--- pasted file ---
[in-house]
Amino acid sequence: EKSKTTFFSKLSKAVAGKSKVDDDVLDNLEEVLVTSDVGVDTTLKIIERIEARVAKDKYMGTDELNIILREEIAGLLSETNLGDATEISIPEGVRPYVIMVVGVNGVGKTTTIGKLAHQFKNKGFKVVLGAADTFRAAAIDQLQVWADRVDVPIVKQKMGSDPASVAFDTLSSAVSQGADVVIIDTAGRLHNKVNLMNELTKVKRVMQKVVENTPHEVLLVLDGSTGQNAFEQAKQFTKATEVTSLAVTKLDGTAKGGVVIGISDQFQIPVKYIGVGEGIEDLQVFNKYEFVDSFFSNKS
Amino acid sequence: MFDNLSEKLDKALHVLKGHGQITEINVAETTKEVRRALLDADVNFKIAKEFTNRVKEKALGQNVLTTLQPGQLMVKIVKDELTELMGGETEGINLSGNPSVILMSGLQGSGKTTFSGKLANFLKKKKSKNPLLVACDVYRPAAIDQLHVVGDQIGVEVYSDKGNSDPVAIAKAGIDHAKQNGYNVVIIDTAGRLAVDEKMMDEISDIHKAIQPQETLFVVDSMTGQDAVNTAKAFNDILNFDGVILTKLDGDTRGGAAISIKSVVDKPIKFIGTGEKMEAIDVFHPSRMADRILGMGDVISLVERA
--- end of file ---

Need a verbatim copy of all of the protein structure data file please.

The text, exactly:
[in-house]
Amino acid sequence: EKSKTTFFSKLSKAVAGKSKVDDDVLDNLEEVLVTSDVGVDTTLKIIERIEARVAKDKYMGTDELNIILREEIAGLLSETNLGDATEISIPEGVRPYVIMVVGVNGVGKTTTIGKLAHQFKNKGFKVVLGAADTFRAAAIDQLQVWADRVDVPIVKQKMGSDPASVAFDTLSSAVSQGADVVIIDTAGRLHNKVNLMNELTKVKRVMQKVVENTPHEVLLVLDGSTGQNAFEQAKQFTKATEVTSLAVTKLDGTAKGGVVIGISDQFQIPVKYIGVGEGIEDLQVFNKYEFVDSFFSNKS
Amino acid sequence: MFDNLSEKLDKALHVLKGHGQITEINVAETTKEVRRALLDADVNFKIAKEFTNRVKEKALGQNVLTTLQPGQLMVKIVKDELTELMGGETEGINLSGNPSVILMSGLQGSGKTTFSGKLANFLKKKKSKNPLLVACDVYRPAAIDQLHVVGDQIGVEVYSDKGNSDPVAIAKAGIDHAKQNGYNVVIIDTAGRLAVDEKMMDEISDIHKAIQPQETLFVVDSMTGQDAVNTAKAFNDILNFDGVILTKLDGDTRGGAAISIKSVVDKPIKFIGTGEKMEAIDVFHPSRMADRILGMGDVISLVERA